- Implements safety rounds at least once a fortnight on site. The principles with regard to how the safety rounds are to be undertaken and who is to participate in these rounds are established at the developer’s safety meetings.
The working environment coordinator (B) must check, during personal contact and presence on the building site, that there is compliance with the agreements on health and safety between the developer and the employers, and that the cooperation on safety in shared areas is working.
The coordinator also has to check that the employers and others are complying with decisions from the safety meetings.
Employers on the building site have to take into account the instructions of the working environment coordinator. If the employer uses noisy machinery, for example, in a shared area, the coordinator can ask him to use less noisy machinery in order to reduce the noise. However, the employer can choose another way of reducing noise. Therefore, he does not need to follow the method specified by the coordinator. Such special risks must be discussed regularly at the safety meetings, so – for example – noisy and dusty work is planned and organised such that other people on the building site are not subjected to effects which are unnecessary or harmful to health.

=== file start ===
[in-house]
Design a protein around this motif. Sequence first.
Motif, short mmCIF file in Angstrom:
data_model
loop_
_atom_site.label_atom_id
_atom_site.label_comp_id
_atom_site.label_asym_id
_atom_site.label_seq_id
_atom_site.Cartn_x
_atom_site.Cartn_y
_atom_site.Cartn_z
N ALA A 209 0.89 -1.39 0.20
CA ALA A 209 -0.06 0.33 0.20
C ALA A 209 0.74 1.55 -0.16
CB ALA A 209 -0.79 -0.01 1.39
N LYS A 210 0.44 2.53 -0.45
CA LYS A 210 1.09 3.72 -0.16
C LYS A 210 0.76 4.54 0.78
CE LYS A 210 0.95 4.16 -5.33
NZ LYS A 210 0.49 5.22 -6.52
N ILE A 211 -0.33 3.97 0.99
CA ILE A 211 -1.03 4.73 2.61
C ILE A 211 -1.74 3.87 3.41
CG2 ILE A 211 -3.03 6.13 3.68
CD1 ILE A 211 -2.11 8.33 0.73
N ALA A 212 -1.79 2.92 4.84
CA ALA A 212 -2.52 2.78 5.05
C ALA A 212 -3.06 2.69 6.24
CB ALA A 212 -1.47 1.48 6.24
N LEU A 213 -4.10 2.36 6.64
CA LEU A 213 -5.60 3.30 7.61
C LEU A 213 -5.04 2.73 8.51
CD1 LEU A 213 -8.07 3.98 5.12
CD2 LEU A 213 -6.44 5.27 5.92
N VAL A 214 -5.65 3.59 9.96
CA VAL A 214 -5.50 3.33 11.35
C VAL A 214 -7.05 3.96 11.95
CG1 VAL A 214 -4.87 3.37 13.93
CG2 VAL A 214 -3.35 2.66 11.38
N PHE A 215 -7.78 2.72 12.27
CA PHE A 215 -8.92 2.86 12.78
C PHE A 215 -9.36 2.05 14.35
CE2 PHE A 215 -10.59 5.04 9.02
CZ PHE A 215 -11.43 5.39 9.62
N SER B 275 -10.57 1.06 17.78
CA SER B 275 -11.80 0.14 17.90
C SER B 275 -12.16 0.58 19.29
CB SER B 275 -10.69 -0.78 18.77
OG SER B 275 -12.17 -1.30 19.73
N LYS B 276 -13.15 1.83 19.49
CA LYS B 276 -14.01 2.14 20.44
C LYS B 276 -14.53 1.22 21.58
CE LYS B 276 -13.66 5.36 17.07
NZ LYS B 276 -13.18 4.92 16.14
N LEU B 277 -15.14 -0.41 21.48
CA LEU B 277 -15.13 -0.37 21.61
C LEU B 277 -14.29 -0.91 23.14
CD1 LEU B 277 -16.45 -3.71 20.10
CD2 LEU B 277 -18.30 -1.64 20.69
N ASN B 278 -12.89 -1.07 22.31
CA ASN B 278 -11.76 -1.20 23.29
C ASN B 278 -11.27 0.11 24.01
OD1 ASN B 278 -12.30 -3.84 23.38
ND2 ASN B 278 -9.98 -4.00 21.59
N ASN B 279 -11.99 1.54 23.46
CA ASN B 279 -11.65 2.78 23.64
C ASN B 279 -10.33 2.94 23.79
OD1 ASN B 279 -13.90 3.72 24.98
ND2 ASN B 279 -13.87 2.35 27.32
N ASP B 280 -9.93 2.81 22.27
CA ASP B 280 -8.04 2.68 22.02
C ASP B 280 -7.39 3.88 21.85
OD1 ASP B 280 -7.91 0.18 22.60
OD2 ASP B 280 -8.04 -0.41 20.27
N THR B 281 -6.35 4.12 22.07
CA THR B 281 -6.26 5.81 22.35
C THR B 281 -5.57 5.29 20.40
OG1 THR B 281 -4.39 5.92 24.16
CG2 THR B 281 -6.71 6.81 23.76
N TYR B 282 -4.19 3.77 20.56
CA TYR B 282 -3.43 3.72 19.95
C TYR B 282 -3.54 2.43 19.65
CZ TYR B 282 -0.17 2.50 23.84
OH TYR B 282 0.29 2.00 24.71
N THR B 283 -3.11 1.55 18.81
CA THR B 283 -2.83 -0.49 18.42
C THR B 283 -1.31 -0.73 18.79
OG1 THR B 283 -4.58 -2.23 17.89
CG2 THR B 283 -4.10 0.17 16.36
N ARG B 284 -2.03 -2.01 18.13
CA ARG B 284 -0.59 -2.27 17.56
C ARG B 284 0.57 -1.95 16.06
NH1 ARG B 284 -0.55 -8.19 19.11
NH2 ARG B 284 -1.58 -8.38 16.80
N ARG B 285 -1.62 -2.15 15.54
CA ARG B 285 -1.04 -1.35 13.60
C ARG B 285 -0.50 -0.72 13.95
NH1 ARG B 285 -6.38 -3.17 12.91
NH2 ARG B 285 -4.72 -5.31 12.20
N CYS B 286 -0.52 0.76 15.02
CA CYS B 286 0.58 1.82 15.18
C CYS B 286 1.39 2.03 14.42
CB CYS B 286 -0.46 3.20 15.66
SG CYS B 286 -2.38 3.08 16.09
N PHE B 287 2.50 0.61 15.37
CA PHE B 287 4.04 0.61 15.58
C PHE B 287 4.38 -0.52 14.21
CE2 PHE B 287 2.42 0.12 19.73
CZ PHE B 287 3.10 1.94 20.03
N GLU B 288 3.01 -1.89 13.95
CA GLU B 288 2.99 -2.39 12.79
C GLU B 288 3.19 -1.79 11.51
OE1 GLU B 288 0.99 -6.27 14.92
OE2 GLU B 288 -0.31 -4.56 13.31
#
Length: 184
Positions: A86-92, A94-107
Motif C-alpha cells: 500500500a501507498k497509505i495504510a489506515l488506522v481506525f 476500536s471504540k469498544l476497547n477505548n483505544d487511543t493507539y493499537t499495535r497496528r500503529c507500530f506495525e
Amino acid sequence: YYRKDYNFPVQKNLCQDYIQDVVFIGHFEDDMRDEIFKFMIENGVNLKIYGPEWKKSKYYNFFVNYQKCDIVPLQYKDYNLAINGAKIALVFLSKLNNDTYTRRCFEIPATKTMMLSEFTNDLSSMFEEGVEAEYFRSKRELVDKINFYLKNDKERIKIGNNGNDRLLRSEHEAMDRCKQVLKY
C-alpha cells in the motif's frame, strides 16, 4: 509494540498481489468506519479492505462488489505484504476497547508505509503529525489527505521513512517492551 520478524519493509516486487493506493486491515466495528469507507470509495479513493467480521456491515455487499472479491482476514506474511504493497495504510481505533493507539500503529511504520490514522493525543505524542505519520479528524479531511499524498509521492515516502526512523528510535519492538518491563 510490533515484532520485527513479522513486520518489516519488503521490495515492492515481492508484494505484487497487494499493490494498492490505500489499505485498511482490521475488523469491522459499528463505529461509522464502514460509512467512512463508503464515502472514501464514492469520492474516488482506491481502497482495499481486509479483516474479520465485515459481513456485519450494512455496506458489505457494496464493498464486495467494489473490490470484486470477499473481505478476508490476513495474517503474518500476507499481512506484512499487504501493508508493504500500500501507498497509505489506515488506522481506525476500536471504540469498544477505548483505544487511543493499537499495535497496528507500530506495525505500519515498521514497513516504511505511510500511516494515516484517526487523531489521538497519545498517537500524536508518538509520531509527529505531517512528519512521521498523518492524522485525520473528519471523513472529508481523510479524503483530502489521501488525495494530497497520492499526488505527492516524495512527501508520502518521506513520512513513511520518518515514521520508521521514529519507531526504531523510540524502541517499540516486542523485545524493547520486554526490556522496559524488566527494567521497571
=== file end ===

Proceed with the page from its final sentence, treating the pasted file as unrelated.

The working environment coordinator (B) must ensure – and check – that only the enterprises and people who are working on the building site have access to the building site.